Society Offers Japanese Animated Films

Article excerpt

The Anime Society of St. Charles will mark its first anniversary with showings of Japanese animated films on two nights.

Films from that country were chosen because they are so popular with animation fans these days, explains Chuck Lovelace, co-chairman of the society.

Most of the characters have oversized eyes and use lots of facial expressions.

"Their characters express a lot of emotion without speaking," he said.

The mini-film festivals will be at 6 p.m. on May 14 and May 28 at the St. Peters Cultural Arts Center, Mexico Road and Venture Drive.

There is no cost, and the showings are open to all age groups.

"It appeals to both the young and adults," said Lovelace.

Anyone thinking cartoons are just for kids need only look to Japan, he says.

"Animated shows make up 38 percent of Japanese television, and most occupy the 7 to 9 p.m. time slots," Lovelace said.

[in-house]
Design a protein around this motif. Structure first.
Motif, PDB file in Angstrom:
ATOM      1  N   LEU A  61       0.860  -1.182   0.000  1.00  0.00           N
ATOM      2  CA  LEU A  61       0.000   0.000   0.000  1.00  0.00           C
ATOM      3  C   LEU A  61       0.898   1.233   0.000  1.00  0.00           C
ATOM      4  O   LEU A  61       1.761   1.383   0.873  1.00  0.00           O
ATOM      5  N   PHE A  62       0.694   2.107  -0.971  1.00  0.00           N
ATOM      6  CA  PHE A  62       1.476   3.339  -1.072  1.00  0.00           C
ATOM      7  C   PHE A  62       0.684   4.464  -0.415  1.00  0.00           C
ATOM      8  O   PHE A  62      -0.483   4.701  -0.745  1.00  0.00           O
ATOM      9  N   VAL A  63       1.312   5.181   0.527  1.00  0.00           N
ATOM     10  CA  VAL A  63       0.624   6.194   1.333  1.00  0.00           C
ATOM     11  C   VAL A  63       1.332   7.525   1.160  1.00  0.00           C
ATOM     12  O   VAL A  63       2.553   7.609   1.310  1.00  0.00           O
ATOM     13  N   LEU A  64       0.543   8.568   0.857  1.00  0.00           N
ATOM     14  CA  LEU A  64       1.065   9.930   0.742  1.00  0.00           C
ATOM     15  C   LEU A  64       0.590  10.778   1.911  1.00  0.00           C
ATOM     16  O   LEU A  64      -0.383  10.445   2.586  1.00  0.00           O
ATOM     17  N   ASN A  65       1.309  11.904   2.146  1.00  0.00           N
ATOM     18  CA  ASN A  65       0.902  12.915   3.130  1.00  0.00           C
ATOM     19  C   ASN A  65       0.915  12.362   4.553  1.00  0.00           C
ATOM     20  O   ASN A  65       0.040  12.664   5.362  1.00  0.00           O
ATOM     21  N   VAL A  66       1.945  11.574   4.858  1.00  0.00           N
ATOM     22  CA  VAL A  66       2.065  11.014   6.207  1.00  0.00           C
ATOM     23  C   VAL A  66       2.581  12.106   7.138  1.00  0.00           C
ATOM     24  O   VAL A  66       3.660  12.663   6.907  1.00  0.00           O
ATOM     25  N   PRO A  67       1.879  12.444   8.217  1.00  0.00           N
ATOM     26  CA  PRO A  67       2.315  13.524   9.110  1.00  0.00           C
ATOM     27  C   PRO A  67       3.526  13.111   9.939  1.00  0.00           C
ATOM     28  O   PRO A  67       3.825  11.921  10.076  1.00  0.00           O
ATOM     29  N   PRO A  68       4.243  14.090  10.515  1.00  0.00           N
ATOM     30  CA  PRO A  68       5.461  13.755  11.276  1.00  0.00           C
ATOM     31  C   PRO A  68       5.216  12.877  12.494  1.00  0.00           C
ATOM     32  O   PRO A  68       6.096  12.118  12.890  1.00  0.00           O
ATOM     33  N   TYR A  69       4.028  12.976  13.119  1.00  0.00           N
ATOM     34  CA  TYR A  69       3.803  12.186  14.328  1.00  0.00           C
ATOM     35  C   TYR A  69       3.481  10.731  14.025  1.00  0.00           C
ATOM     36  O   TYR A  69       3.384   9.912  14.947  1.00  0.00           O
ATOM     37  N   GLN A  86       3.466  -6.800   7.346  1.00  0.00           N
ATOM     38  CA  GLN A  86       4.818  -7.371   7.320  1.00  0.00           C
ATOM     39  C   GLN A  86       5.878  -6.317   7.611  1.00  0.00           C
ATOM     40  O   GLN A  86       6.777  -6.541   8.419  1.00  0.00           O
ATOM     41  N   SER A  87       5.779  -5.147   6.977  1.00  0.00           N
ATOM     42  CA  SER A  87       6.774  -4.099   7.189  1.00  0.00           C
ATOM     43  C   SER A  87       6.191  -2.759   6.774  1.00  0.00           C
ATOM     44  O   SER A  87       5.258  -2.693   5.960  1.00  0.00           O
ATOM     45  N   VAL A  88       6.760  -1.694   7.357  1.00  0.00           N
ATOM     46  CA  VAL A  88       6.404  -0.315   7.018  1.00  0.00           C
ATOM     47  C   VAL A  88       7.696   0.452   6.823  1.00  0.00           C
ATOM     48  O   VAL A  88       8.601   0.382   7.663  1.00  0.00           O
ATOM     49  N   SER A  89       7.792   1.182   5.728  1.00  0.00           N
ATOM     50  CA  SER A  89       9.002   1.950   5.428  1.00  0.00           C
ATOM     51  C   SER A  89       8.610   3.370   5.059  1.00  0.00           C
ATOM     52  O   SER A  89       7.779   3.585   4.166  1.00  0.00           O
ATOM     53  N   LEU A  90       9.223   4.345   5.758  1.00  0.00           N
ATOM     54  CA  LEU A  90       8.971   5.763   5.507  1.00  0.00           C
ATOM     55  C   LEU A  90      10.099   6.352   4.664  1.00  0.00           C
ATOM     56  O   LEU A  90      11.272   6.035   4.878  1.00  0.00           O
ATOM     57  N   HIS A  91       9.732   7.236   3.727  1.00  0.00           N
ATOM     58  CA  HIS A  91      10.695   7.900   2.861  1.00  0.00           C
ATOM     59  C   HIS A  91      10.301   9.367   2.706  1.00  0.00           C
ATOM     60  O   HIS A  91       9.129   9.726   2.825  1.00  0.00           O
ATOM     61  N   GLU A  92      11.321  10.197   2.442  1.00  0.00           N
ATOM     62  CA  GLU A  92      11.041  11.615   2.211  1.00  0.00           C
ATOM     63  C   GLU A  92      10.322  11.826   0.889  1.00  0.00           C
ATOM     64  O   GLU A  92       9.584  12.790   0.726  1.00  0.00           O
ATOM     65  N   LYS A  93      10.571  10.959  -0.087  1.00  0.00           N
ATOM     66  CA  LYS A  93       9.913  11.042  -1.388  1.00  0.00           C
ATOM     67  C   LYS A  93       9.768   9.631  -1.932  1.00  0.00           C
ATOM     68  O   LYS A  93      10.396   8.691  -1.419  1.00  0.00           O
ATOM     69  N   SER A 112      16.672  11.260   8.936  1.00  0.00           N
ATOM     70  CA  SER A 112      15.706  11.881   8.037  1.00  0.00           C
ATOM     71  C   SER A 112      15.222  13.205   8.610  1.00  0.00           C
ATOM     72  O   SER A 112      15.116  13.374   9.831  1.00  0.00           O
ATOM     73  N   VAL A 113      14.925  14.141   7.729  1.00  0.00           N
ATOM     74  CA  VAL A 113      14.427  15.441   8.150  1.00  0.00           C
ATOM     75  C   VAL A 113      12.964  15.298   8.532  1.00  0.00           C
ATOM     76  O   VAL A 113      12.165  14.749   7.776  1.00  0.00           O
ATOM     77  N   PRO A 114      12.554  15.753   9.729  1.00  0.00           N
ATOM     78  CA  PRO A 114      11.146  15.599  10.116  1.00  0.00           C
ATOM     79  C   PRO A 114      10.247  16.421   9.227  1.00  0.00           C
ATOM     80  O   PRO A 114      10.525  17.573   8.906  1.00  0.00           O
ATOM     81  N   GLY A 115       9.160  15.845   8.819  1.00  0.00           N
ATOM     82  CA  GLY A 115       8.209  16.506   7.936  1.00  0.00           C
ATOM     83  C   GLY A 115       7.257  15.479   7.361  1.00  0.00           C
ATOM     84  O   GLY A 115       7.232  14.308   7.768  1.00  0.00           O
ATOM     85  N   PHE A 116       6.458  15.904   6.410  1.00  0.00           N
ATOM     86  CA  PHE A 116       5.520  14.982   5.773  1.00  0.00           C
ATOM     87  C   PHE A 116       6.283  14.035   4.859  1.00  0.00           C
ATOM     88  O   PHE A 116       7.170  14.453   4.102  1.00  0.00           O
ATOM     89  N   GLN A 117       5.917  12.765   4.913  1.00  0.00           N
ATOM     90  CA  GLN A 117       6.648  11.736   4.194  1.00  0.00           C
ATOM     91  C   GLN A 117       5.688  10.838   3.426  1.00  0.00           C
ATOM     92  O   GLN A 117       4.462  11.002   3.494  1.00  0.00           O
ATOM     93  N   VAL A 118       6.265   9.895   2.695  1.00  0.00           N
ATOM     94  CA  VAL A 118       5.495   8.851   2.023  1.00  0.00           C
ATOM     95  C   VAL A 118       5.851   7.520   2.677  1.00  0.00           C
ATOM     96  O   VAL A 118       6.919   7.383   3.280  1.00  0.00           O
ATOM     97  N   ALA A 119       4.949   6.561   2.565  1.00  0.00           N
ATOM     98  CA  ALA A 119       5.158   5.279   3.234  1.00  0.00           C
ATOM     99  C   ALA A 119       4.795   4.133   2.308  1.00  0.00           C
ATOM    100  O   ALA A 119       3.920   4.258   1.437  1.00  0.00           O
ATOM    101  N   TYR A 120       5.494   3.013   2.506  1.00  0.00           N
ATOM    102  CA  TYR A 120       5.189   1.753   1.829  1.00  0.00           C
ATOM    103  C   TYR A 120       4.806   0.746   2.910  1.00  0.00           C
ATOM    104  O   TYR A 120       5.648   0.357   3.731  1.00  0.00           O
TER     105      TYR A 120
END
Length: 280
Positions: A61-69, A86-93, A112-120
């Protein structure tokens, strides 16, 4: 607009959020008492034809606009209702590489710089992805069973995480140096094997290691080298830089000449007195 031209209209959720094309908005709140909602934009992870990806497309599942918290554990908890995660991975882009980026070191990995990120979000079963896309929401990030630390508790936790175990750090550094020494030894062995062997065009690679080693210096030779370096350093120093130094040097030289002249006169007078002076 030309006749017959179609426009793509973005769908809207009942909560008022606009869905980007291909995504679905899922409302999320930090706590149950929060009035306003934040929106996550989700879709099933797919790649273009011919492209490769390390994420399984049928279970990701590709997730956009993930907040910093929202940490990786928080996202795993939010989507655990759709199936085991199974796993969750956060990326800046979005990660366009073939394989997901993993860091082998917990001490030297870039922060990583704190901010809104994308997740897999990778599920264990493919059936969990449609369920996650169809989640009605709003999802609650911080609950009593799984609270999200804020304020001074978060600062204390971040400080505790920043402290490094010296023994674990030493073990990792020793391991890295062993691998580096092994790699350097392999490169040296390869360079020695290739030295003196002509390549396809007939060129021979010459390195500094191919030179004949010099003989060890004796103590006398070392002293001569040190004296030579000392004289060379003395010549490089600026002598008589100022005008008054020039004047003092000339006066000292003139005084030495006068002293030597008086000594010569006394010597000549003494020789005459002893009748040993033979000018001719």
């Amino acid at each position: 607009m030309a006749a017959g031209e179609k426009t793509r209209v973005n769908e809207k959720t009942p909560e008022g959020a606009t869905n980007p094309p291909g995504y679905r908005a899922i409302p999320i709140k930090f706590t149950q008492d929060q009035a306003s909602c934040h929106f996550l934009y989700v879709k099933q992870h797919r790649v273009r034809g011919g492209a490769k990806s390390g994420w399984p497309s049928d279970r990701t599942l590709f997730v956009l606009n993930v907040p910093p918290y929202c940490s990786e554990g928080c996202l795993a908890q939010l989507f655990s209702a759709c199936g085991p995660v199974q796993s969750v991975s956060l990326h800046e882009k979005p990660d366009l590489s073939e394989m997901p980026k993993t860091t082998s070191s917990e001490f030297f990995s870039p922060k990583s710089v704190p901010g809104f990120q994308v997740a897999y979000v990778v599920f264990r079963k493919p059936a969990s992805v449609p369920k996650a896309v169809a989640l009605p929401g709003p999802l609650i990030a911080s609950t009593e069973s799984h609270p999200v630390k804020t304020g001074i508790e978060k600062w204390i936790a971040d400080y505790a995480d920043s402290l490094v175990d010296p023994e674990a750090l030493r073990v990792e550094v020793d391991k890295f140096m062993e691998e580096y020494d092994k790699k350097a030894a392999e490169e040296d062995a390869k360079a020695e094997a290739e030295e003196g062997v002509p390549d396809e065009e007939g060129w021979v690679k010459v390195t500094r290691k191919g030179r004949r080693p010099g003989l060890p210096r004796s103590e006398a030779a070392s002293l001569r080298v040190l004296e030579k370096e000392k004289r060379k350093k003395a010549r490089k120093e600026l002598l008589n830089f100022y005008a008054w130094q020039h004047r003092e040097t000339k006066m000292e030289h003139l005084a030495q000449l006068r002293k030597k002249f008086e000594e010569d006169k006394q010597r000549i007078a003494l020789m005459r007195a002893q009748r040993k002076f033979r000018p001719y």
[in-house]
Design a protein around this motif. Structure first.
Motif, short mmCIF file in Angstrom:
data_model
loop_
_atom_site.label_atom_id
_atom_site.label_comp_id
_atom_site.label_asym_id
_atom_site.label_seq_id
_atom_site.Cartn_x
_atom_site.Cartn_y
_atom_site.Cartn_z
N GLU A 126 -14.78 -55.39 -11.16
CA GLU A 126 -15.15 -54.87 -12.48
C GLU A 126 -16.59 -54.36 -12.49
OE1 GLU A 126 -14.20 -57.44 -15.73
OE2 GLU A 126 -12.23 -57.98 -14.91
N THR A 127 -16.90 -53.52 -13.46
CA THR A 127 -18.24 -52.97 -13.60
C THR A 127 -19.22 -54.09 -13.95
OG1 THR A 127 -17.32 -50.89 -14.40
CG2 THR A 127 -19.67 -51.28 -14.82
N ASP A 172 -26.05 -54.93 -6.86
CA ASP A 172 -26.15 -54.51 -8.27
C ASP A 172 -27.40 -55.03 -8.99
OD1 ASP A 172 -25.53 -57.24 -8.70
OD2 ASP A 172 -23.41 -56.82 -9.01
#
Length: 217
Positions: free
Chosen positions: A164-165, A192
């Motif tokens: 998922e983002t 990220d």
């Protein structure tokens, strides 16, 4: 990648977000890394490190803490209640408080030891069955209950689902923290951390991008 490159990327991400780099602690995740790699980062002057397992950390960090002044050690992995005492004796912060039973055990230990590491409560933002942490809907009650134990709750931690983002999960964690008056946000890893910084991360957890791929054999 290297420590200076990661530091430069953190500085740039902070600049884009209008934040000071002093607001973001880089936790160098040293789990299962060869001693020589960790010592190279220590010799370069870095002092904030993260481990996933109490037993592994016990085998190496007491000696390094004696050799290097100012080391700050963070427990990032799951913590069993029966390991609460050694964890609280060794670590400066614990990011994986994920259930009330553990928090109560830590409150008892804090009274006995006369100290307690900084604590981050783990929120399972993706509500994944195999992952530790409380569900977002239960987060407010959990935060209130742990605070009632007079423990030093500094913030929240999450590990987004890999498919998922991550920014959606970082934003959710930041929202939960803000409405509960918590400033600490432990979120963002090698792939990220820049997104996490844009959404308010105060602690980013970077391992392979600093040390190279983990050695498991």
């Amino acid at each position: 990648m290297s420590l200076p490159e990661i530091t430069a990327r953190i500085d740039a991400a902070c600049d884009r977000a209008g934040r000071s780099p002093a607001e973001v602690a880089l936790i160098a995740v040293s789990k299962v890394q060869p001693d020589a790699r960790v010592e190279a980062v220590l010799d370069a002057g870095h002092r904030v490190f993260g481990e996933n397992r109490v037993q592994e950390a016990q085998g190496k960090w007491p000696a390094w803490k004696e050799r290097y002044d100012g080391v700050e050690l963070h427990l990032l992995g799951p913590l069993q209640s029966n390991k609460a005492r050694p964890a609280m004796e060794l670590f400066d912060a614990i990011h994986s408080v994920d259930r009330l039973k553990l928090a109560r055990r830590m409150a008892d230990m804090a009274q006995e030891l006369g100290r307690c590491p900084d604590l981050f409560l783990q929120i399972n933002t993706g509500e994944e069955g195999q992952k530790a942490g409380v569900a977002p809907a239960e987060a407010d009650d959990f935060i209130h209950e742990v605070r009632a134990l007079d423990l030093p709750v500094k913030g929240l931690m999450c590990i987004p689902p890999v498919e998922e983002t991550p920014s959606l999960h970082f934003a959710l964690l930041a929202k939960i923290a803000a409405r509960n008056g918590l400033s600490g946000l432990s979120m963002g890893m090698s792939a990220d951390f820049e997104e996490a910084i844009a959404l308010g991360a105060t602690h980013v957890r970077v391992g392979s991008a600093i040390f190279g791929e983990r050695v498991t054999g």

Japanese producers seldom make an animated show unless its predecessor, a comic book, was successful, he adds.

"A scrutiny of any subway will almost always yield some comic book-reading businessmen," Lovelace said.

On May 14, the society will show about eight episodes of "Ramna 1/2," a Japanese series about a panda that turns into a human when it gets wet.

On May 28, the festival will focus on Project A-ko, a comedy in Japan about the adventures of some schoolgirls, including one who is a superhero from outerspace.

In the United States, animation is growing in popularity thanks to such successes as television's "The Simpsons" and Disney's recent animated movies, such as "Aladdin."

"As people watch those, they're getting an interest in other types of animation you don't see on TV," said Lovelace. …